With millennials making up 75% of the workforce by 2025, it’s time for organizations to rethink how they are preparing them for success.
Whenever companies release or acquire new products, sales leaders understand how important it is for reps to be trained and prepared to sell the new offering. But while training sessions or quick content updates are important, there’s still no guarantee that salespeople have truly mastered the material and can effectively (and accurately) communicate the new release when it matters most: during the sale.
That’s where sales coaching can play such a critical role when preparing reps to sell new products and services. The numbers don’t lie: CloudCoaching International reports that reps experience a 66% increase in sales productivity when training is complemented with in-field coaching.
Here are 5 sales coaching tips to keep in mind during a new product launch:
#1. Start with easy coaching challenges
Selling new products can be daunting. Start with simple coaching challenges, such as asking reps to describe their favorite aspect of the new product. “Buyers don’t buy the product itself; they buy the business value they can get from the new product, service or solution,” says Tamara Schenk, research director at CSO Insights.
By starting with a coaching challenge that requires your reps to reflect on the value of the product and how to most effectively communicate that value to prospects, you’re setting them up for success in the field.
#2. Hold reps accountable for their learning and mastery
You’ve probably heard the saying “Give a man a fish, and you feed him for a day; show him how to fish, and you feed him for a lifetime.”
When sales managers simply tell reps what to say and do, they remove reps’ ownership of the learning process. Asking questions is a great way to help reps reflect on their experiences and take ownership of their learning.
“The best coaches work with their people to understand the current issues and jointly diagnose what is working and what is not as they develop an action plan to achieve sales objectives,” said revenue growth expert Scott Edinger. “They ask questions to help the seller frame the issues properly and provide constructive feedback regarding how to improve.”
When you ask your reps to assess their pitch of the new product, you give them ownership over their learning. This forces reps to reflect on the value of the new product and how they communicate that value.
#3. Hold sales managers accountable for coaching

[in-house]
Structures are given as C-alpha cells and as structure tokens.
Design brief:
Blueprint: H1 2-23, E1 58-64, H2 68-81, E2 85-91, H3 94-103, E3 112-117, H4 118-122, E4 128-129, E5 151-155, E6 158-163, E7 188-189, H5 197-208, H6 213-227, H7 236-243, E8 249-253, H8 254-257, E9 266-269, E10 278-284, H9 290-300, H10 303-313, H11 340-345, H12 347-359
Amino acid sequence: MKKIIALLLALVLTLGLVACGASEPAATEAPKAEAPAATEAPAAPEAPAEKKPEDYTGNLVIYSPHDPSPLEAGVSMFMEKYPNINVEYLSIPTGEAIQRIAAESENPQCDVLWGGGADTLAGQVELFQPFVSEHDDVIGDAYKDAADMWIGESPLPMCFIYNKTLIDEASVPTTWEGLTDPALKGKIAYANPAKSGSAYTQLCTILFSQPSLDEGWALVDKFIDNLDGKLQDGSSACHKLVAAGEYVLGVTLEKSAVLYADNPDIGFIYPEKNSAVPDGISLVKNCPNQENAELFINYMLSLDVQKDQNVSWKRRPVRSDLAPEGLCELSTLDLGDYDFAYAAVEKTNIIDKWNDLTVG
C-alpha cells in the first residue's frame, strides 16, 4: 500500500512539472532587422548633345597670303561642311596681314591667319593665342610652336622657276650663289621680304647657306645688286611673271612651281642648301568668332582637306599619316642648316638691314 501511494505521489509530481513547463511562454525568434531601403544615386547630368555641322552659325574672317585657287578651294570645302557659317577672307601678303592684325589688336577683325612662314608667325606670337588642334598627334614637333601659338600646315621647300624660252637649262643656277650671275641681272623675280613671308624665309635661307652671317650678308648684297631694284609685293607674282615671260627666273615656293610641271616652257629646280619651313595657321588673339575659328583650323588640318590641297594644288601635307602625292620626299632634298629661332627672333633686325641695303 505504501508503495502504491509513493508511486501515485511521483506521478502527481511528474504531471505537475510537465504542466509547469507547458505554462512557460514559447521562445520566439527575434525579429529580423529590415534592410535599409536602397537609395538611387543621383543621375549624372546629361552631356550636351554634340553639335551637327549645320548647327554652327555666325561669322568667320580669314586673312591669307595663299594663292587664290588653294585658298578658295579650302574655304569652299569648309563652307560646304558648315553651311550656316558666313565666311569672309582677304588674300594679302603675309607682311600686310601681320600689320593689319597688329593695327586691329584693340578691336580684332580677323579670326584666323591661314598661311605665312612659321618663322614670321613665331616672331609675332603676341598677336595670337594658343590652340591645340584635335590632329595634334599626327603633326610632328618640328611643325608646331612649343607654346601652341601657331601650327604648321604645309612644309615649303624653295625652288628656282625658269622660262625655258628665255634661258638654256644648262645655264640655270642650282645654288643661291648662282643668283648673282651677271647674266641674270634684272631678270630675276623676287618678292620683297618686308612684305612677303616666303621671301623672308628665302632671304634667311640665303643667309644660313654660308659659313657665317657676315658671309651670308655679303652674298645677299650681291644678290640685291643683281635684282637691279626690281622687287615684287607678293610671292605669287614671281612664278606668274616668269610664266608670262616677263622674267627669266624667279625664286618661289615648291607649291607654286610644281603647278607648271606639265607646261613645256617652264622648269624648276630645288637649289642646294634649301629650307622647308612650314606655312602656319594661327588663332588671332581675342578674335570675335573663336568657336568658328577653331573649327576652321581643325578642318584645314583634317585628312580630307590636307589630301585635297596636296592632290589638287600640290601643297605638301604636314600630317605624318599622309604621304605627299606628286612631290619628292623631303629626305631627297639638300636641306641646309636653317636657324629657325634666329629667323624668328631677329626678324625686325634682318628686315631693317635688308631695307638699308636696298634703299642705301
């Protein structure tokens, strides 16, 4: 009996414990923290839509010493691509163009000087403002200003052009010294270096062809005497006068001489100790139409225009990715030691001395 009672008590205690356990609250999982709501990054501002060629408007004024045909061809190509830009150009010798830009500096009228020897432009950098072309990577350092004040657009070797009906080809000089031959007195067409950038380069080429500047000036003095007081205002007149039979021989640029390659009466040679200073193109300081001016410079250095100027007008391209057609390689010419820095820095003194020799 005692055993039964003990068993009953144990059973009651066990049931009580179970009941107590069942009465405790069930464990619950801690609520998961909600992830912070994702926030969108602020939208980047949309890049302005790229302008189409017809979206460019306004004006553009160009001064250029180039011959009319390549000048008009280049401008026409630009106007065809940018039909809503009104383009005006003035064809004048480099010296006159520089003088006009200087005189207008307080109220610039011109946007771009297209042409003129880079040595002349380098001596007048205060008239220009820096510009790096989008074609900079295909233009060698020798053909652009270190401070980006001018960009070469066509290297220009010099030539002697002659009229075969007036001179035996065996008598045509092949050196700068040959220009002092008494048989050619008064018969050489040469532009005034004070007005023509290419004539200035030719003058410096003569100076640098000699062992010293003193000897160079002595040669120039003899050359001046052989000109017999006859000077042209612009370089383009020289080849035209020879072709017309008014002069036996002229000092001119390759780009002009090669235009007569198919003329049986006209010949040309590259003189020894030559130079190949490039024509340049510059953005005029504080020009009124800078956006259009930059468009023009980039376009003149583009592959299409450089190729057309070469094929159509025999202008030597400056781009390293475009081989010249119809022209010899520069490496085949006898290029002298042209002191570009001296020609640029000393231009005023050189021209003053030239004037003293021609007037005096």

77% of sales managers blame their lack of coaching on time constraints. Don’t let your team be a part of the majority that make this critical mistake. Managers won’t be able to find time to coach, they must make time to coach.
Asynchronous video coaching platforms make it easier for managers to coach, enabling reps to video-record a product pitch and share it with their manager to provide feedback and guidance. These solutions provide managers with the flexibility of providing input when the time is best for them, instead of finding time to coach in-person or over the phone.
Sales managers should also plan recurring coaching sessions, which not only builds in time to coach but also creates a coaching culture where reps are expected to regularly reflect on their performance and build their self-awareness.
#4. Create dynamic value messaging
Different buyer personas have different needs and challenges, which is why a single, universal approach to value messaging is not always the best course. Sales enablement leaders should provide new product messaging tailored to things like specific buyer roles, industries and phases of the customer journey. Reps can then be coaches on delivering the messages that are most relevant for different segments of customers.
Schenk says, “The inability to communicate value messages is a key inhibitor to sales success… We cannot expect to be successful with ‘one size fits all’ value propositions. Instead, in our customer-centric world, organizations need dynamic value messaging frameworks that consider the relevant messaging criteria and different focal points and goals in different buying situations throughout the entire customer’s journey. Examples of messaging criteria include the relevant buyer roles, the different phases of the customer’s journey, the customer’s context, the buyers’ different approaches to how to tackle the issue and the desired business results and wins.”
#5. Model behavior and create a positive environment where reps can learn from each other
Sales coaching doesn’t need to come from managers alone. Peer-to-peer learning is also an incredibly powerful tool when launching new products. For example, if certain reps are having some early success selling a new product, ask them to share their experiences with the rest of your team. Sales enablement and sales managers can’t be everywhere at once, so empowering reps to help each other and build a culture of peer-to-peer learning helps reps get the coaching and advice they need to succeed.
Continuous coaching helps set your reps up for success by making it easy for them to get some early wins and gain some confidence. It also promotes a culture where reps are empowered to help their fellow team members.
I’ll end with this quote from sales leader, John Russell: "I never cease to be amazed at the power of the coaching process to draw out the skills or talent that was previously hidden within an individual and which invariably finds a way to solve a problem previously thought unsolvable."
Have you had success coaching reps when selling new products? What additional tips would you share? Sound off in the comments below!